Marketing is Up to You

Most businesses don’t have big marketing budgets in the beginning. Instead of leveraging an expert marketing department, they rely on their own skills to earn clients – and so should you!

Even if you’re not a salesperson, you’re passionate about what you do and you understand your business, so you can add that “X factor” to your sales conversations. It may seem intimidating at first, but over time, you’ll become more effective.

Leverage Email with Gated Content

Gated content is typically in-depth content, such as whitepapers, ebooks, and other downloadable content, that people can download in exchange for an email address. Once you have this list, you can share updates about your business, promote content, and offer exclusive discounts or trials to your subscribers.

You may find that someone on your email list will become one of your first 10 clients. After all, they’re signing up for your content and have an interest in what you have to offer.

Get Feedback from Your First Clients

Even if it’s just one, your first clients can offer valuable insights into how you’re performing. Because they were the first to come to you, their feedback is critical to your business’s success. Ask for feedback and determine areas for improvement. Often, these clients can offer honest opinions and relevant advice.

Also, maintain a relationship with your first clients after your business with them is complete. They may become your brand advocates and offer word-of-mouth referrals that send other clients your way.

For example, your first client for your law firm may have a complex case that had them stressed out. If you provide as stress-free an experience as possible, guiding them through it and staying available for whatever they need, you’re likely to gain a loyal advocate – even if the case didn’t have the best outcome.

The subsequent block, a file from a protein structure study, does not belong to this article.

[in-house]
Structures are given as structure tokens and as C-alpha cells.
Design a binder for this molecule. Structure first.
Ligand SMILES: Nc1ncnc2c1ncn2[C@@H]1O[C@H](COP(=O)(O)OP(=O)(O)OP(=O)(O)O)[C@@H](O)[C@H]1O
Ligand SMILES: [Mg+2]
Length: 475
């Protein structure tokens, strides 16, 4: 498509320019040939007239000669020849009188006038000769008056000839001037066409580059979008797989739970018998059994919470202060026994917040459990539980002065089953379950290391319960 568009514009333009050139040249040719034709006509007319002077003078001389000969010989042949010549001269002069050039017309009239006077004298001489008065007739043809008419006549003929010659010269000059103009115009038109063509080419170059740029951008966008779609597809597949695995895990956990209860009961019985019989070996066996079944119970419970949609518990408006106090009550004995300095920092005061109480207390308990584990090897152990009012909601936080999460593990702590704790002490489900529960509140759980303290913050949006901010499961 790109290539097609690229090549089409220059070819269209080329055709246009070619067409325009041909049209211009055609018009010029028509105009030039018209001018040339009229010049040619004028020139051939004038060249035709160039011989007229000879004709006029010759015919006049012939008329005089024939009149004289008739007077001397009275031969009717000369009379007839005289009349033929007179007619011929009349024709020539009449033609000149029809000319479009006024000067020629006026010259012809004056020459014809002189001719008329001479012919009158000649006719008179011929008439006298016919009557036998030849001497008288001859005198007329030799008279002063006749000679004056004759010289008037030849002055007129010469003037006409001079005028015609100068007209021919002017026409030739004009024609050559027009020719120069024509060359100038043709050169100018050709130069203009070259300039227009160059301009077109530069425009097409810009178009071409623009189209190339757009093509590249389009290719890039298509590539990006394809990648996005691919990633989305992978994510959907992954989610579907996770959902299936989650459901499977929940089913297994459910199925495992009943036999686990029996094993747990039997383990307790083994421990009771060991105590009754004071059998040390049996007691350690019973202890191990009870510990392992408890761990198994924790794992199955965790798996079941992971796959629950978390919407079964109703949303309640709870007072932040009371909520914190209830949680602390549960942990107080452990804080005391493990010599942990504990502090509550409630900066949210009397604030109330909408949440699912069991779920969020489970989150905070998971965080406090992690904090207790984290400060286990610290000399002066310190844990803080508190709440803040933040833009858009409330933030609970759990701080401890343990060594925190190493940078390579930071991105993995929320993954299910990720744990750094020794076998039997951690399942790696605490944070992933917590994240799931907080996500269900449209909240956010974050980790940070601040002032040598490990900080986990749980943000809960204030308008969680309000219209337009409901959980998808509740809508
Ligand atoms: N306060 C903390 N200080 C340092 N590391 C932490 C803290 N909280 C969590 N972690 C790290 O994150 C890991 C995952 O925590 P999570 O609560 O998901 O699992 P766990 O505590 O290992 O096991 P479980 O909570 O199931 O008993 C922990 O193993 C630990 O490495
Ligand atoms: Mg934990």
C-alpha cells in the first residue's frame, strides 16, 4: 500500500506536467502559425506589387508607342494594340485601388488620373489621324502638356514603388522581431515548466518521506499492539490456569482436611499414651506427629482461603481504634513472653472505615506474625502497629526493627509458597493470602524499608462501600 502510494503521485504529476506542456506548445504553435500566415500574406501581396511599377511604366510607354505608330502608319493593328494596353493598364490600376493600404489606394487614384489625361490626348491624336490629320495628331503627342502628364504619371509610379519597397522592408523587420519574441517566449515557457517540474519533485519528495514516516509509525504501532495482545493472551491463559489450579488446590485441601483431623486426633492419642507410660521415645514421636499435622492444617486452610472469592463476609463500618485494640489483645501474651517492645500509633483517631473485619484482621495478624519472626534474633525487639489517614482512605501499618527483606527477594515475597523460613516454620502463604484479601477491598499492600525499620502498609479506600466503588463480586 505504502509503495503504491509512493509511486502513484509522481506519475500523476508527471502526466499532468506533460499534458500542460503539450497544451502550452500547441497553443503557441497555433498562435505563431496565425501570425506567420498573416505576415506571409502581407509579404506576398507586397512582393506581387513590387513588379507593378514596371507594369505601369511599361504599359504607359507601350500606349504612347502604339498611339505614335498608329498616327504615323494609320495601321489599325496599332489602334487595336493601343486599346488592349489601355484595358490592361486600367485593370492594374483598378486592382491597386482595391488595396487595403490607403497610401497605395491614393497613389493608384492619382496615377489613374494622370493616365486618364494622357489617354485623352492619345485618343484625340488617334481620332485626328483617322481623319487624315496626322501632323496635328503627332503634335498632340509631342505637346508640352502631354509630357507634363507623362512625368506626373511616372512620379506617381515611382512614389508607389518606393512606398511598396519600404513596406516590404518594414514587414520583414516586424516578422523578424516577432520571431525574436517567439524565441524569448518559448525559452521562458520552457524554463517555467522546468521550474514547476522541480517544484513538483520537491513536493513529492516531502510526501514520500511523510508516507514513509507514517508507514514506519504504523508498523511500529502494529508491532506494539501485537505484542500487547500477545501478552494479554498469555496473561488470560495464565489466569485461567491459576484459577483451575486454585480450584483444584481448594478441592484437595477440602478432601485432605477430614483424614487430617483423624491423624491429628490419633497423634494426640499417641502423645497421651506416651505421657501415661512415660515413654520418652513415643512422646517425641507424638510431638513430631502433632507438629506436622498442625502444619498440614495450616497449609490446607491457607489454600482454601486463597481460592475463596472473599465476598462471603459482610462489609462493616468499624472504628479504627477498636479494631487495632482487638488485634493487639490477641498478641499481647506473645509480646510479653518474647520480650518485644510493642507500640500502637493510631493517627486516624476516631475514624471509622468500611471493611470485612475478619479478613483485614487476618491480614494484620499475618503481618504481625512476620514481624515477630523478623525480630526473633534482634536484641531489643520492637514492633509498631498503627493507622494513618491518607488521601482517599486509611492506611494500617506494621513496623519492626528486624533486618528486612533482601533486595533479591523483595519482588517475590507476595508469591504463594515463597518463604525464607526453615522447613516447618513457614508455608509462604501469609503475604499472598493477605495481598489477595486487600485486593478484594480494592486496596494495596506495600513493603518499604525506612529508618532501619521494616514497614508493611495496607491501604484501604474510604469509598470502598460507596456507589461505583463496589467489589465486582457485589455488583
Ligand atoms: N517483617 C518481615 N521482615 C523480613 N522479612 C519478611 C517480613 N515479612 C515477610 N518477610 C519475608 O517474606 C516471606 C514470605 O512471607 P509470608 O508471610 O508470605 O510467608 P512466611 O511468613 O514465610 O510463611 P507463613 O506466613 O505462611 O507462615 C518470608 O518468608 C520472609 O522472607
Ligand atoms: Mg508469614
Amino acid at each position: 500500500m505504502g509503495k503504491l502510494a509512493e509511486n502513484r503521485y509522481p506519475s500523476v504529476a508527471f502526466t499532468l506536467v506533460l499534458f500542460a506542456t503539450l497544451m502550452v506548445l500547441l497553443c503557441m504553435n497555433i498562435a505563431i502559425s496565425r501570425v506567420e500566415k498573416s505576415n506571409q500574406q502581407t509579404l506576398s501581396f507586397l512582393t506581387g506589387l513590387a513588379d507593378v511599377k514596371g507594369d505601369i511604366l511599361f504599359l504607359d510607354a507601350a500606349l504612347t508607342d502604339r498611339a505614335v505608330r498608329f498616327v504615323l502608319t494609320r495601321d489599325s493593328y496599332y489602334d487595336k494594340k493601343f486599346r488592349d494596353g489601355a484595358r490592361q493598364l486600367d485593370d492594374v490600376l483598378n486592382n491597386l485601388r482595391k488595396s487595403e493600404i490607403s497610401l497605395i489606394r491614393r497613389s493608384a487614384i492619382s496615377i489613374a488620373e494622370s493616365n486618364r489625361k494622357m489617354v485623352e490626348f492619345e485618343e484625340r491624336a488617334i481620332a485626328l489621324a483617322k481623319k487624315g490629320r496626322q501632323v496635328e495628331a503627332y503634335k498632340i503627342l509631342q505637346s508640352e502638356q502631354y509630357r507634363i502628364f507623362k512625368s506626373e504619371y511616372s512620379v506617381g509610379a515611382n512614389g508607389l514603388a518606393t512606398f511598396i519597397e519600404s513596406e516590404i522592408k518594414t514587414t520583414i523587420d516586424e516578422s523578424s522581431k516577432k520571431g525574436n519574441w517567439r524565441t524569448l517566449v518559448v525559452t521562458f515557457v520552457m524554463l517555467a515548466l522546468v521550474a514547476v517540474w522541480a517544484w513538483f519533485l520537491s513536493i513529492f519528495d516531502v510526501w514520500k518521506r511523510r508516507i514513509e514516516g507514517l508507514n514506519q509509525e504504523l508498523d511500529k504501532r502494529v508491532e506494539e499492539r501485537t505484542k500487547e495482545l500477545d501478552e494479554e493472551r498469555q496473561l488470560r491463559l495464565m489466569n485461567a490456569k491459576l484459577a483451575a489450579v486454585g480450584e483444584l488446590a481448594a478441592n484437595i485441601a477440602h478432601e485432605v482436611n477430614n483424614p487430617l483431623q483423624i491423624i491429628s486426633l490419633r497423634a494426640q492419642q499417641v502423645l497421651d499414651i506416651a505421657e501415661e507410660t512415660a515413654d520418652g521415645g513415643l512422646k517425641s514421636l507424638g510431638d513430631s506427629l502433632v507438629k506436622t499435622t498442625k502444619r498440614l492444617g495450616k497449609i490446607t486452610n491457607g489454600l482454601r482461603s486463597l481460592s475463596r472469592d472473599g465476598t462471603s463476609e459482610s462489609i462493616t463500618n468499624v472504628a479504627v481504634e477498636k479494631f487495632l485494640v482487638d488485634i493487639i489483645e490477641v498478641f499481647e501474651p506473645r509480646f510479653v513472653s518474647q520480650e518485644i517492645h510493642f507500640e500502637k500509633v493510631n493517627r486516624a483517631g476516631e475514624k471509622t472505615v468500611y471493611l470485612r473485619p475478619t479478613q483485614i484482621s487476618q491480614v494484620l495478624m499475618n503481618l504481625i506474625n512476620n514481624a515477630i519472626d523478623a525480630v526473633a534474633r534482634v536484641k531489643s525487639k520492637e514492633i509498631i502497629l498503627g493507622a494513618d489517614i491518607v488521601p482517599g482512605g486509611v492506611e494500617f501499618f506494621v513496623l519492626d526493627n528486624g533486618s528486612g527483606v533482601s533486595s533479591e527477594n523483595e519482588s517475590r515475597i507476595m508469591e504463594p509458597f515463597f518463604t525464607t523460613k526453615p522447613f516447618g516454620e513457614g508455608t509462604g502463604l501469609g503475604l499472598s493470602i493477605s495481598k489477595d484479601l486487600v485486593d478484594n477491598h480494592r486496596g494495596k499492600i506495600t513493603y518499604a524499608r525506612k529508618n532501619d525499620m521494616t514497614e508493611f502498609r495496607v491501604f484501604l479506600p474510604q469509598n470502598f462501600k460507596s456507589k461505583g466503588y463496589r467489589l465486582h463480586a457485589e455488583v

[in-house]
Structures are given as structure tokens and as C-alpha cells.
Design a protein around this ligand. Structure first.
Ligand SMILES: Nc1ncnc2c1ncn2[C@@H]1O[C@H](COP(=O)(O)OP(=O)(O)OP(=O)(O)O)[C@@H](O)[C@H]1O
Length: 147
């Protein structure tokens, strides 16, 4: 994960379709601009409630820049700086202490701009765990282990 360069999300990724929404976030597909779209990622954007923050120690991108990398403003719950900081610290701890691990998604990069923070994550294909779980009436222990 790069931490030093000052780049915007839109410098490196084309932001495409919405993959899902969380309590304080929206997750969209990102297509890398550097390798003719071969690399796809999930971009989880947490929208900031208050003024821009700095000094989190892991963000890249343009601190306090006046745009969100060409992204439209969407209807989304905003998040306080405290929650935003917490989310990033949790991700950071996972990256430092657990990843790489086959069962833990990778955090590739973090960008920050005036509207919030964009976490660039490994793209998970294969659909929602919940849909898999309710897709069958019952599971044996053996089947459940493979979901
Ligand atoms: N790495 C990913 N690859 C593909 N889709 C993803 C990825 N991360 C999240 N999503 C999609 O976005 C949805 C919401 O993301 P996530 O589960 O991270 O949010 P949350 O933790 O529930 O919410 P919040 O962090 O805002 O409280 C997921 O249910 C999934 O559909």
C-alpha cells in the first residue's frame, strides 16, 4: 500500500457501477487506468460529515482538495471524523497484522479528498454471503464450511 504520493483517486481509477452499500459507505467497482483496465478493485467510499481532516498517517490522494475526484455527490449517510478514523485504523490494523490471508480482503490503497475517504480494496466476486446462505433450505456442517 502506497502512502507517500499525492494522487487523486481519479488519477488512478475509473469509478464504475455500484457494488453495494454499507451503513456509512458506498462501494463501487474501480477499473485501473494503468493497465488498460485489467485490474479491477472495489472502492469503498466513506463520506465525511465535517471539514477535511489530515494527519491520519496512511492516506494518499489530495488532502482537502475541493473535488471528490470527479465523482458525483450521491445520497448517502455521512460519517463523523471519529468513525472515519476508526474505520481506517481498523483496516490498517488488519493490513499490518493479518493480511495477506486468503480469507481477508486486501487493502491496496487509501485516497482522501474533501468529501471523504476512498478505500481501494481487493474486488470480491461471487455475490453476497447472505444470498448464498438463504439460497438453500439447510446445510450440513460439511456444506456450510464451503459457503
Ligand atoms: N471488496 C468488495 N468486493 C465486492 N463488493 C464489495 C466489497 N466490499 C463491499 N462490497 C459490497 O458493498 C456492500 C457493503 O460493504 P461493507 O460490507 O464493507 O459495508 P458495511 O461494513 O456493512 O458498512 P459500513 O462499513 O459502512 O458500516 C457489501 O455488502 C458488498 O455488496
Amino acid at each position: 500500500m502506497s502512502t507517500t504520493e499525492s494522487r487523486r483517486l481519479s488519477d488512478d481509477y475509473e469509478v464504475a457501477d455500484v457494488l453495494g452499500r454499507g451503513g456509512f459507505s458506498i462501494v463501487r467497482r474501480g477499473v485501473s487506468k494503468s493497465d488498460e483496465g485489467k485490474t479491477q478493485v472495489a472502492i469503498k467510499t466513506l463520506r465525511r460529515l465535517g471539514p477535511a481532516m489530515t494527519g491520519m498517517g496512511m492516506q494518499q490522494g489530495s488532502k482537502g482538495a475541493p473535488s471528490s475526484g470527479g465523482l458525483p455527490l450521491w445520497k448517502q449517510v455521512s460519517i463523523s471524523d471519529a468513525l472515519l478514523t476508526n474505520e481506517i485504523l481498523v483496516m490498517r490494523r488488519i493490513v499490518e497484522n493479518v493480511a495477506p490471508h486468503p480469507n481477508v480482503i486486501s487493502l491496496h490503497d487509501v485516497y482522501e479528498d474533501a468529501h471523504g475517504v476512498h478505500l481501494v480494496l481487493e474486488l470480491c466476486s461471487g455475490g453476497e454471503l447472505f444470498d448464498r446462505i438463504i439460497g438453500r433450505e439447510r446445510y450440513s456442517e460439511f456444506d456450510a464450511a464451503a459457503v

Then, when someone they know needs a prenup lawyer, your law firm will be the first name that pops up.

Consider Everyone a Potential Future Client

Remember that every single person you meet could be a potential future client. Yes, the target audience is important, but that doesn’t mean you should dismiss people who don’t fit into that niche. You could meet someone by happenstance and get to talking, and they may come to you in the future for your business.

You never know who someone knows, either. Maybe that person doesn’t fit into your typical client base, but their brother/daughter/friend/boss does. Treat every interaction like an opportunity and every person like a valued client.

Keep Going

Acquiring your first 10 clients as a new business is a significant hurdle, but you now have the tools at your disposal to make it possible. Once you get those 10 clients, your work is far from over, however.

While you can scale these tactics to keep the acquisition coming, it’s a continuous process. You must evaluate, refine, tweak, and fine-tune your efforts to keep the momentum going. Get feedback, keep networking, and continue with email and content marketing to set up a strong foundation for the future. 

This is a guest post written by Maxwell Hills

Maxwell Hills is the founder of Hills Law Group, a premier Orange County family law firm with a concentration on high net worth divorces. Max’s entrepreneurial career stretches back to his teenage days when he had his music used in Grey’s Anatomy and ESPN. Today, Max has used that experience to build Hills Law Group with 0 customers and $0 in revenue to a respected firm in the industry.